When most people think of Rio’s Carnival, they think of the big samba parade with colorful floats and dancers wearing giant feather headdresses and little else. We were more than a little apprehensive about attending the parade (especially considering that it started at 10pm and ran until 6am) but it was a rare opportunity that we couldn’t pass up. We imagined a crush of spectators lining a street, like a Macy’s Thanksgiving Day Parade on steroids, but the reality was more reminiscent of a crowded but well-organized stadium event like the Super Bowl or a Taylor Swift concert. We had tickets to a section of reserved seats called “Frisas” that were pretty close to the action and the people around us were mostly tourists. The bleachers above and across from us seemed like where the more boisterous locals sat. “Sat” is actually a misnomer because actually everyone stands and dances the whole time (or in the case of tourists like ourselves, tentatively sways to the beat).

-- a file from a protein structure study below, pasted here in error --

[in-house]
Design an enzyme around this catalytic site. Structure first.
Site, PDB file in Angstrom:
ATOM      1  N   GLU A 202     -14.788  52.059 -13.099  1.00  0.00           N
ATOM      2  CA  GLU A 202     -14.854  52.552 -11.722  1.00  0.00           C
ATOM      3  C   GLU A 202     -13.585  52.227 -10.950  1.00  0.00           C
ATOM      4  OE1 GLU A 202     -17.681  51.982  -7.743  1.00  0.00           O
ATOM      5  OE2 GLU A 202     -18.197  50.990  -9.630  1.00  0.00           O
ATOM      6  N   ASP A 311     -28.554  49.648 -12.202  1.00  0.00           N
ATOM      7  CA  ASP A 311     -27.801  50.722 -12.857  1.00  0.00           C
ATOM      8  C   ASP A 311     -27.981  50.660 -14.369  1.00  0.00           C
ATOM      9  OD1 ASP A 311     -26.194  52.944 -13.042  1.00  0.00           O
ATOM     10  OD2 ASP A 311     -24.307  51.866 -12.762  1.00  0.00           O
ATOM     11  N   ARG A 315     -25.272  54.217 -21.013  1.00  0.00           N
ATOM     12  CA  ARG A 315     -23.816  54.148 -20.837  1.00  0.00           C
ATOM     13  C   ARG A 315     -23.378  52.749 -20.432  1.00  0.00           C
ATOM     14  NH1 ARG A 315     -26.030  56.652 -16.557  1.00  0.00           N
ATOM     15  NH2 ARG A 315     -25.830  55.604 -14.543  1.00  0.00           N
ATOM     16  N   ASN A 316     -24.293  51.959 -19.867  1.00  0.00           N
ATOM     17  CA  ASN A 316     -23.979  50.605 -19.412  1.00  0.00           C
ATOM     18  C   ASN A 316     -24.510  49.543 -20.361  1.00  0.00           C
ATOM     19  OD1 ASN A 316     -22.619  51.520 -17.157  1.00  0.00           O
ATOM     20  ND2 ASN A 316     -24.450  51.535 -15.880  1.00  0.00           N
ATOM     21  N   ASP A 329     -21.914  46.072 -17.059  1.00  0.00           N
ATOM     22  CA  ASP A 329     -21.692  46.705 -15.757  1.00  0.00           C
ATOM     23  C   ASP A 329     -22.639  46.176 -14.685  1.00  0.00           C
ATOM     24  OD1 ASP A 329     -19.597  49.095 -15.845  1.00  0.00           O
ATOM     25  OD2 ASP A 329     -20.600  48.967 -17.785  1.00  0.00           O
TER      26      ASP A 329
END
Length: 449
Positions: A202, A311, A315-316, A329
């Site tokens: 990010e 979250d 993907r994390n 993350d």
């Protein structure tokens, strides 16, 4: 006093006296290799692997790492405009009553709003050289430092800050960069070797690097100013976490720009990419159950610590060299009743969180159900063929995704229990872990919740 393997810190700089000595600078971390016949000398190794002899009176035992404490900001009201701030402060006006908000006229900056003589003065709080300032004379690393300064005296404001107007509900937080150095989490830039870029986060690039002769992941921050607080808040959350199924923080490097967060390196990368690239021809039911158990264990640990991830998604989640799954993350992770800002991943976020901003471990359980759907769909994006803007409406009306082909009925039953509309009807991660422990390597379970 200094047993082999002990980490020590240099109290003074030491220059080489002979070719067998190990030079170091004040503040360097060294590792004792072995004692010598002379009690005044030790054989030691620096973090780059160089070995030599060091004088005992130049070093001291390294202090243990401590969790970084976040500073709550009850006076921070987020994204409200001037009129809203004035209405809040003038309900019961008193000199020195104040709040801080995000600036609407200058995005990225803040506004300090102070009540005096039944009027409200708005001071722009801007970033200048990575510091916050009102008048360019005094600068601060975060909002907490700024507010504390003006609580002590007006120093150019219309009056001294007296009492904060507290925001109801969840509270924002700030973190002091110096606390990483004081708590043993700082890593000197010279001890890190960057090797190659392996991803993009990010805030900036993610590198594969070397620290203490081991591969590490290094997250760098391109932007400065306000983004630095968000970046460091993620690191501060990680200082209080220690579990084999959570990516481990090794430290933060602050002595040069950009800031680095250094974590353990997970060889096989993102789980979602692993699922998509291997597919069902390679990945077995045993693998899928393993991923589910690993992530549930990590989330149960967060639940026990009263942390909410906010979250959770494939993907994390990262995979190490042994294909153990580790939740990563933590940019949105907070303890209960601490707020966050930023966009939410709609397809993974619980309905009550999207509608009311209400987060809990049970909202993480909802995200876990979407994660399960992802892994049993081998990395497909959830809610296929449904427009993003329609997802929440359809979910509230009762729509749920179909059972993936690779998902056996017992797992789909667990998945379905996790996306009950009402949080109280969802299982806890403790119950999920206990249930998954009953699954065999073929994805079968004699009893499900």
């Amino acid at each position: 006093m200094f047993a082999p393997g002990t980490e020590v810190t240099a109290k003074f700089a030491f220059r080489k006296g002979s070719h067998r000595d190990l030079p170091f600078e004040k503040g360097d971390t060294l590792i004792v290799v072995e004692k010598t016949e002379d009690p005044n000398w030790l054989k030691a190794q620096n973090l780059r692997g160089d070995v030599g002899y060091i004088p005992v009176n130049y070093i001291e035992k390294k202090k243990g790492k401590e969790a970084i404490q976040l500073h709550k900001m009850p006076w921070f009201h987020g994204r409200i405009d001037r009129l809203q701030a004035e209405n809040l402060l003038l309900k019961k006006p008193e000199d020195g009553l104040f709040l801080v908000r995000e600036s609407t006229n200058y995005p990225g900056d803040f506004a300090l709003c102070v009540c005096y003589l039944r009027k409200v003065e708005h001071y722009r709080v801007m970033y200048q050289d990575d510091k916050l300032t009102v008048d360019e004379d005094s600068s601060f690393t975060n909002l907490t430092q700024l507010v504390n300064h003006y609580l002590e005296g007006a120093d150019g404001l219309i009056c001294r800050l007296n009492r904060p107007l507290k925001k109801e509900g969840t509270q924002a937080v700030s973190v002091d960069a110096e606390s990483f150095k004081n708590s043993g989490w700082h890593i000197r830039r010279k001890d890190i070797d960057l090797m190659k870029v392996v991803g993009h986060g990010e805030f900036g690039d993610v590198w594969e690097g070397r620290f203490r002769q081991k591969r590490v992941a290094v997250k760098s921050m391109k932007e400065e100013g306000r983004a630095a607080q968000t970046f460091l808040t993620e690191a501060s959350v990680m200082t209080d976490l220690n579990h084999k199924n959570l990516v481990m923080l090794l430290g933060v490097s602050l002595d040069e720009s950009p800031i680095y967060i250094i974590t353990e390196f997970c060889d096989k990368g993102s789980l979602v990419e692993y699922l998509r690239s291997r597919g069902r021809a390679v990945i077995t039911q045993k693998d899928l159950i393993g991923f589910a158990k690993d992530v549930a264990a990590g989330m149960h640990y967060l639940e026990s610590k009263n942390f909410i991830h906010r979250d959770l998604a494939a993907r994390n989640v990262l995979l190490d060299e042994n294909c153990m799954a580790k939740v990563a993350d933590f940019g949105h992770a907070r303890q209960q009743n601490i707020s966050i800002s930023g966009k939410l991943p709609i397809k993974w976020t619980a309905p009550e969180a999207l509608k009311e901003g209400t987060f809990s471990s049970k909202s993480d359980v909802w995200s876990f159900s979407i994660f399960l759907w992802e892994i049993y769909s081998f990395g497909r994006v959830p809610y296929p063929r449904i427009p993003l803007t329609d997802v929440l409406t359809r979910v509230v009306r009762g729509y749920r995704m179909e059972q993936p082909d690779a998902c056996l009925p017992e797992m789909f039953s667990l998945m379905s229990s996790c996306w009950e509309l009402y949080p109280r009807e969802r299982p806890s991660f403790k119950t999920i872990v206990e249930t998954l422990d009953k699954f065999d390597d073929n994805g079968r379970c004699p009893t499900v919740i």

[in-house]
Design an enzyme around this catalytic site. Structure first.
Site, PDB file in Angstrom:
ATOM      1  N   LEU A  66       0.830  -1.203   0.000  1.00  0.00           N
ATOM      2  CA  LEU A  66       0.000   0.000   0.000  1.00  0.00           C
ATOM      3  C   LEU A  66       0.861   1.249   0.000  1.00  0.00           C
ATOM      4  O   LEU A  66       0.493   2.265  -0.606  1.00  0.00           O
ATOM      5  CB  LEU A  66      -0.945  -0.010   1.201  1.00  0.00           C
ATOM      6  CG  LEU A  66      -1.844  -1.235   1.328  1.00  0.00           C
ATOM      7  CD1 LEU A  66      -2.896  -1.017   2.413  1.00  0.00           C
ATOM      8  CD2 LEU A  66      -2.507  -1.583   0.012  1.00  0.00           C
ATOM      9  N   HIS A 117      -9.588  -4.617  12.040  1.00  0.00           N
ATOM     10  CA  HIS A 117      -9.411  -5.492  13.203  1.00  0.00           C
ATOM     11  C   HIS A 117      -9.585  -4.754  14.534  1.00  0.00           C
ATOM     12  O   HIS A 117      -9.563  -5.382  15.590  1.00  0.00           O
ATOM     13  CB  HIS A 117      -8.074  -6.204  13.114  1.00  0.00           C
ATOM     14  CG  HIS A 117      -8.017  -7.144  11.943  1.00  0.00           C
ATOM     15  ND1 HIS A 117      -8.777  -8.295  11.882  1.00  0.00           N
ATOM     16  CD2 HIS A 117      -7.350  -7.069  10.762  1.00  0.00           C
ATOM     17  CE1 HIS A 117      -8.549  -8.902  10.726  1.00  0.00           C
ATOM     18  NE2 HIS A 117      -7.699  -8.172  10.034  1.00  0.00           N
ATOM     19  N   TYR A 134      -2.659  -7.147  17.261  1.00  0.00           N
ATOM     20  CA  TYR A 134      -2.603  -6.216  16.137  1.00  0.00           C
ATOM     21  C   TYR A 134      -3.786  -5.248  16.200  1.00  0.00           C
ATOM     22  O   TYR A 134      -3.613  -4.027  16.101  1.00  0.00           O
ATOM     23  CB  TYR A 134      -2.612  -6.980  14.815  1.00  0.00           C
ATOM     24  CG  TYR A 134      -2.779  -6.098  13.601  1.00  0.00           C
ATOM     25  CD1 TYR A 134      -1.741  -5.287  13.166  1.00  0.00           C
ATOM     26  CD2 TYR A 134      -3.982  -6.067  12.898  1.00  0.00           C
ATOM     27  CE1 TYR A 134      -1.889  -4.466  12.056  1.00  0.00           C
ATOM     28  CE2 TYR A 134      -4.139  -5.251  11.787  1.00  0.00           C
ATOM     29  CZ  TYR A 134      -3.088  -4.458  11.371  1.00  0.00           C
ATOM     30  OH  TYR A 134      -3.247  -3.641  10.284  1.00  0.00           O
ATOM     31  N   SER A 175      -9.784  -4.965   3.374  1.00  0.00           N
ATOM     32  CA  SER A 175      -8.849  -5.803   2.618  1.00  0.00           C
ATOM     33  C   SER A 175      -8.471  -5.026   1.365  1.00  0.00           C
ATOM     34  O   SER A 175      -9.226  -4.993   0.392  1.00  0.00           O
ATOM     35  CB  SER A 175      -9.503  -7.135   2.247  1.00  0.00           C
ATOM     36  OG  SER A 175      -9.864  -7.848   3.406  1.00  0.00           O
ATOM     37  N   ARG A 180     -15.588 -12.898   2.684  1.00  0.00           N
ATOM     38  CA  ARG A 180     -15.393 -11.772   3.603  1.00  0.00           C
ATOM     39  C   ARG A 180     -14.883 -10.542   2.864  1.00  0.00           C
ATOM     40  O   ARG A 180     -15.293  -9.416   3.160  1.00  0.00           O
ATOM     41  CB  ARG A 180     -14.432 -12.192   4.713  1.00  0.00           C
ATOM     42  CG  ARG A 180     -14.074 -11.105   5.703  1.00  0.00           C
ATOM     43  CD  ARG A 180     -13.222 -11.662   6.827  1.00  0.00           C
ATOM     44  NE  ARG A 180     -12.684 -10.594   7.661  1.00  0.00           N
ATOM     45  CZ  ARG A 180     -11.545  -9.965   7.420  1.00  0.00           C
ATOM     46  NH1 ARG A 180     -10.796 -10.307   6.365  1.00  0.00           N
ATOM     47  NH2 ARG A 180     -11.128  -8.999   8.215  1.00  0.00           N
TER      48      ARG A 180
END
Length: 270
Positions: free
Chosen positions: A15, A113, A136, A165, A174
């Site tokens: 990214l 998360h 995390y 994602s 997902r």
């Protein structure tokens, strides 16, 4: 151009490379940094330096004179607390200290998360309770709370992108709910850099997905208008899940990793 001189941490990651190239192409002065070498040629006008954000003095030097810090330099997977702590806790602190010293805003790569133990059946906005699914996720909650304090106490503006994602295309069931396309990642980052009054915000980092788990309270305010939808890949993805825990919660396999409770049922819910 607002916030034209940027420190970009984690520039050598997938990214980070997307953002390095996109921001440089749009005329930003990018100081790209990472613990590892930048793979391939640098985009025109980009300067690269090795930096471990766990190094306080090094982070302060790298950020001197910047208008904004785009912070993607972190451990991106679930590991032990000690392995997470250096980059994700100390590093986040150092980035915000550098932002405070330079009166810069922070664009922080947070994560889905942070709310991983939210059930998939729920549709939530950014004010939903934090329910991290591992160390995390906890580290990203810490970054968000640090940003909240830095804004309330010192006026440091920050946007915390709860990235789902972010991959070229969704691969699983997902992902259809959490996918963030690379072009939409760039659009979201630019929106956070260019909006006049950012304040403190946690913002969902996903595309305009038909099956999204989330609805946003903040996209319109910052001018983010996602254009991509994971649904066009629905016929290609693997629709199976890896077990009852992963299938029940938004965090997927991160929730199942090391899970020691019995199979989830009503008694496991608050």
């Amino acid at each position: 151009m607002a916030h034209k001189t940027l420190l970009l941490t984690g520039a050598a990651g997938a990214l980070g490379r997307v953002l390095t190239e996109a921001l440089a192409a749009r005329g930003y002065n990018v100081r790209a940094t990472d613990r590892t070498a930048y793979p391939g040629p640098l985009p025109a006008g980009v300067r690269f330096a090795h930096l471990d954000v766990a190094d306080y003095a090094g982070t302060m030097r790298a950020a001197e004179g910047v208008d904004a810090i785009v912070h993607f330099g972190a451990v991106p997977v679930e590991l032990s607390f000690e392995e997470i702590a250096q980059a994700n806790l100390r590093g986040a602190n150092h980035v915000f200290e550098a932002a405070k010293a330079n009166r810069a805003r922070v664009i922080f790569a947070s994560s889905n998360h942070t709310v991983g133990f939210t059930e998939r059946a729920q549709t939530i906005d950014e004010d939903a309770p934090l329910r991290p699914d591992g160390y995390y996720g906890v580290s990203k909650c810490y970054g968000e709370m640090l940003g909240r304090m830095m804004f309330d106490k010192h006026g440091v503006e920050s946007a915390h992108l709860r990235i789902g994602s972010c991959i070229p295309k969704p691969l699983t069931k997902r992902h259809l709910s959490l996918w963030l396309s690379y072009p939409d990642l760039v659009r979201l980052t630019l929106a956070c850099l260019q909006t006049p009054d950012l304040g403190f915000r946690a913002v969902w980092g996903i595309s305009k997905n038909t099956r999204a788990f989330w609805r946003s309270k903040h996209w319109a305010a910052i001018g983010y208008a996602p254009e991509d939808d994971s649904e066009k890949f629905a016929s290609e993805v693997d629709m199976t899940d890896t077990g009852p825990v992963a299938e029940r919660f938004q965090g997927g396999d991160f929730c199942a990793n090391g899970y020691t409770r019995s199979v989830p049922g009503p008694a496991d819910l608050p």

The parade is a contest among 12 “schools” (teams) and each has an hour to present their show. Each is accompanied by an original song, looping over and over until it worms its way deeply into your subconscious. Most of the locals have learned the words to the songs beforehand and sing along. The floats (about six per school) are more elaborate and huge than anything imagined in a parade in the US: several stories tall and studded with dancers and robotic elements. Between each float are platoons of costumed dancers. The song, floats and dancers are all coordinated to tell a linear story as you watch the parade. They were about surprisingly weighty topics, like indigenous rights or the life of an important author, but always presented with exuberance and glamour.